The winning choice was Mariposa: the Spanish word for butterfly. The name was inspired by how the flukes were reminiscent of a butterfly’s wings, while giving a nod to the fact that Swoop has many team members based in Argentina and Chile. The whale was even spotted in Patagonia Bay!  

‘At Happywhale we’re very excited for Swoop’s engagement in citizen science,’ the founder of Happywhale Ted Cheeseman told us when we let him know about Mariposa. ‘This year in the Antarctic has been Happywhale’s best ever, with over 1200 humpback whales identified to date. We love bringing science closer to Antarctic travellers and with this rich dataset we hope to be able to detect how environmental change affects Antarctic whales as we have now been able to do in the North Pacific Ocean.’

Mariposa, the Swoop Antarctica whale
Mariposa’s perfect flukes

Happywhale is incredible because it combines tourism with science and those two things combined produce a transformative experience that connects travellers to nature, creating ambassadors for these far corners of the globe. And we need this collective action if we’re going to tackle some of the impacts of climate change.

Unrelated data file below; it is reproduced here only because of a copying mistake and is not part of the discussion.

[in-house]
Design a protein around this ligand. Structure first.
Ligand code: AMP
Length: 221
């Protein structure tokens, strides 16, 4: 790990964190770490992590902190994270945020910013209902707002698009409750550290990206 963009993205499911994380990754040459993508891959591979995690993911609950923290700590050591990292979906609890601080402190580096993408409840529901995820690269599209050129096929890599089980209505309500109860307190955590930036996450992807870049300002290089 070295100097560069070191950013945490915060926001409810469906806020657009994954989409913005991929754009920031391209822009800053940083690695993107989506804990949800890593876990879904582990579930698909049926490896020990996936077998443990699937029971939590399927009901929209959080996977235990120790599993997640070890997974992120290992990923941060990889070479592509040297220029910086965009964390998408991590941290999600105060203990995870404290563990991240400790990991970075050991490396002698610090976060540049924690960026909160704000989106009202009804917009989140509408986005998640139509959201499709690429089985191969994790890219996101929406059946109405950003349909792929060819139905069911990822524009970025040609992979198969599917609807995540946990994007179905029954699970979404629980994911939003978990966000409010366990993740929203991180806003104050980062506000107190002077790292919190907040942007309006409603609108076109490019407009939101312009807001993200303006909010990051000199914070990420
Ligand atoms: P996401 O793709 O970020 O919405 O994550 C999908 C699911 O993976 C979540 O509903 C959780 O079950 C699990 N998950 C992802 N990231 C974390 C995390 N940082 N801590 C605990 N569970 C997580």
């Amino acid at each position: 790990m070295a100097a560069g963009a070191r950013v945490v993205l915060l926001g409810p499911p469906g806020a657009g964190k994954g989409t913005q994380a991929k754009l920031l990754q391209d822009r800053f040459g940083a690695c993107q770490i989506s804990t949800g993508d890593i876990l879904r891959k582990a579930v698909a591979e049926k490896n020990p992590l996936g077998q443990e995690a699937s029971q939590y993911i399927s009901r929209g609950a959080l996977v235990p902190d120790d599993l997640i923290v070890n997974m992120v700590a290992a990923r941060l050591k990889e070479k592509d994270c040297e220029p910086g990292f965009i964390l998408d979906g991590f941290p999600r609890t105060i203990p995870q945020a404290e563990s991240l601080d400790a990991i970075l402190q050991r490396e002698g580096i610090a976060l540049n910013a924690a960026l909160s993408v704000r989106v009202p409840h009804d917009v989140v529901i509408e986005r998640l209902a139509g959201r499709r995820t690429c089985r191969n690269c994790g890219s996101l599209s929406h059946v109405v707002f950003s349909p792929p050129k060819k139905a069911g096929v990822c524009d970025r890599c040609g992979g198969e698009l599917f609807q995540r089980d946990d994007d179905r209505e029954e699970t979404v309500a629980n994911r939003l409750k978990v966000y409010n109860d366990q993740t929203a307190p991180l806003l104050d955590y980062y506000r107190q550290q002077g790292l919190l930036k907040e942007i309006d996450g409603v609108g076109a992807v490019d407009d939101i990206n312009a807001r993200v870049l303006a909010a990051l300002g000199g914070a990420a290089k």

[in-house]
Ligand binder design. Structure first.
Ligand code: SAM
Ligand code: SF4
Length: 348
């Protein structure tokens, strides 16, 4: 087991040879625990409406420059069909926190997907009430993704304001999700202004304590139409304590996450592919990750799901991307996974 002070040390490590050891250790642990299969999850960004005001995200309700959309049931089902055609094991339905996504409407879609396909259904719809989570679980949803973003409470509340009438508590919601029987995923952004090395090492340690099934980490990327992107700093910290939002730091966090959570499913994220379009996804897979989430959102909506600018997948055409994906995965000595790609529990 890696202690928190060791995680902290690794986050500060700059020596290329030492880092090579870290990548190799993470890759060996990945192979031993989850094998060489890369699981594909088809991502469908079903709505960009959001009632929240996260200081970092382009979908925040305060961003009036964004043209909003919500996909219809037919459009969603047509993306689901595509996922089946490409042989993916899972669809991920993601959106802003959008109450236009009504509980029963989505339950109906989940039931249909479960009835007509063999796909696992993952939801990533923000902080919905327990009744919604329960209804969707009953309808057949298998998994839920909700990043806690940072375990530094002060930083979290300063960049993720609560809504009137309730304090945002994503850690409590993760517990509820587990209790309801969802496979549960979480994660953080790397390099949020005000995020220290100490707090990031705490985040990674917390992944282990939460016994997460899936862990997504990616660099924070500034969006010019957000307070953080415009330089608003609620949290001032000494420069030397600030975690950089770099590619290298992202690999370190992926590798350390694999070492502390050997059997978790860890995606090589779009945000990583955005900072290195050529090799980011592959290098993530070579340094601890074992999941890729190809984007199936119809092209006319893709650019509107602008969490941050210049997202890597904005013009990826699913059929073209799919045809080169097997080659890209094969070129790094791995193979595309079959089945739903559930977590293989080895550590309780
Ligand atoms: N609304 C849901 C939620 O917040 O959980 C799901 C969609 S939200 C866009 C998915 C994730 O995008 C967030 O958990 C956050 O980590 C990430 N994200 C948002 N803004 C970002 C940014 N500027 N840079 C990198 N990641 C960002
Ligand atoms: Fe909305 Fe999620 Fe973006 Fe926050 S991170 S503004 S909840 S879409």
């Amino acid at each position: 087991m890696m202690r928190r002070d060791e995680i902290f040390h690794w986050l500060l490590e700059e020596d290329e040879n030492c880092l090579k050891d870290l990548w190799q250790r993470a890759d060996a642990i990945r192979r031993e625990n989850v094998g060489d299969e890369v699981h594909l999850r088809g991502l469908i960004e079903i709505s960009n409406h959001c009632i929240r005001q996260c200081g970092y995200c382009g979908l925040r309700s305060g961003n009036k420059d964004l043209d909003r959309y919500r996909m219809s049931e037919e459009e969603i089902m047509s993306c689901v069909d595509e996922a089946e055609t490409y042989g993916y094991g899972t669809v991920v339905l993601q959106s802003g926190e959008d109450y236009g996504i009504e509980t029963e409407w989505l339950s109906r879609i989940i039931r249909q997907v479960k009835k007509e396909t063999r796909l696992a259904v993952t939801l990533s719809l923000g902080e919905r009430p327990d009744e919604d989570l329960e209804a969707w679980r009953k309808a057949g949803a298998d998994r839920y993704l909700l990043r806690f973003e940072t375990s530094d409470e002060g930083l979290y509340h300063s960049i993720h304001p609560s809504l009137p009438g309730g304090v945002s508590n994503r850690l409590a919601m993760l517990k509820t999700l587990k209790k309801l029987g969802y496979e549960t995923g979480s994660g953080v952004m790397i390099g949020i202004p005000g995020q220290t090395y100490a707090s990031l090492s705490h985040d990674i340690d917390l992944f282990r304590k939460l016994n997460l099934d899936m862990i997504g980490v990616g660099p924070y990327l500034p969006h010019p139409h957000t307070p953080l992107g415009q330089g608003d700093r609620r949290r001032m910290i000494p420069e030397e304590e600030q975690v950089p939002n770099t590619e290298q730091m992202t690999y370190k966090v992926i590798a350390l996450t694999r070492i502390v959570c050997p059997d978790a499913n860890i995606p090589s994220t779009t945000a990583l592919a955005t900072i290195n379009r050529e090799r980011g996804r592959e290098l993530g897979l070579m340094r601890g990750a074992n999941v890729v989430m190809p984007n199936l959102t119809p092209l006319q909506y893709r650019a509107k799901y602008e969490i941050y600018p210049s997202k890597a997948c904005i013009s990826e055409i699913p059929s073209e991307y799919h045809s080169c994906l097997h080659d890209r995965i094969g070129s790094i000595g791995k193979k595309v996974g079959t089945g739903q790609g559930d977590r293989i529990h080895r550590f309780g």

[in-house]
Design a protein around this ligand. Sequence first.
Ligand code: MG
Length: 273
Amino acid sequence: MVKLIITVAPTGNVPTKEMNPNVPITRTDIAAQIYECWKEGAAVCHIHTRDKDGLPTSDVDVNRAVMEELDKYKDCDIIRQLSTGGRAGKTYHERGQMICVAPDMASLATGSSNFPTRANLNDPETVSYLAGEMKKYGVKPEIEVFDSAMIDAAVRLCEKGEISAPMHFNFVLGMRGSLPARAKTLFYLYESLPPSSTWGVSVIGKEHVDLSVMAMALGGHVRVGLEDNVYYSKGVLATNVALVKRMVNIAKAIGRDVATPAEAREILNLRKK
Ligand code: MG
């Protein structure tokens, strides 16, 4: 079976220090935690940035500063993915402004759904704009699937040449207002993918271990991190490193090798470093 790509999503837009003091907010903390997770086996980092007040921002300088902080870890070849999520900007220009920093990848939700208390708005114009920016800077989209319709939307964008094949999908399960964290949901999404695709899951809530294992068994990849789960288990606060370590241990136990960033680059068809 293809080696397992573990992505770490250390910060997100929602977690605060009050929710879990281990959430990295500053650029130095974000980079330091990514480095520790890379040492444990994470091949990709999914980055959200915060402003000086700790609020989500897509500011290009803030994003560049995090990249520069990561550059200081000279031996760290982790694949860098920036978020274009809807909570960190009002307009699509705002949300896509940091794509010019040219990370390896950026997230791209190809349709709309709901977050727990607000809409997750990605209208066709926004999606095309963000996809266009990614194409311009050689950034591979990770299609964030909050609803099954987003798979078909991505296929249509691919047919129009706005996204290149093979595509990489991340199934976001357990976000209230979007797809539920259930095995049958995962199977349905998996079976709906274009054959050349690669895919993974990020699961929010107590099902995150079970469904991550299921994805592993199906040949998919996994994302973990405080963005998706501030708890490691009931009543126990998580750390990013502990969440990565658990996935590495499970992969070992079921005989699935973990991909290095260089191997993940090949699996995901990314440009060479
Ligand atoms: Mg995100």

This year’s Antarctic season is coming to an end, and somewhere off the Peninsula, Mariposa is turning its flippers north to begin the long winter migration to warmer waters. Now we’re looking forward to the next season, and hoping for an email to land in our inbox to say he or she had been spotted again. Did she swim north past Brazil? Or did he follow the Pacific route to the western Caribbean? Will one of our travellers even be the next to take the shot that tells us if Mariposa is a male or a female? Might it even be you? 

We’re very excited to be following Mariposa’s journey into the future. But we’re equally keen to remember that photographing this one whale is a sign that anyone can all get involved in conservation projects. 

‘Happywhale is incredible because it combines tourism with science, and those two things combined create that transformative experience that connects travellers to nature. By doing this, we can create ambassadors for these far corners of the globe,’ Elliot reminds us. ‘And we need this collective action if we’re going to tackle some of the impacts of a rapidly changing world.’


Did YOU photograph flukes on your Antarctic trip and want to adopt a whale? Find out how on the Happywhale website

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Paul Clammer

Guidebook Editor

Paul came to Swoop after spending nearly 20 years researching and writing guidebooks for Lonely Planet. On his most recent trip for Swoop, he fell in love with the epic landscapes and uncountable wildlife of South Georgia.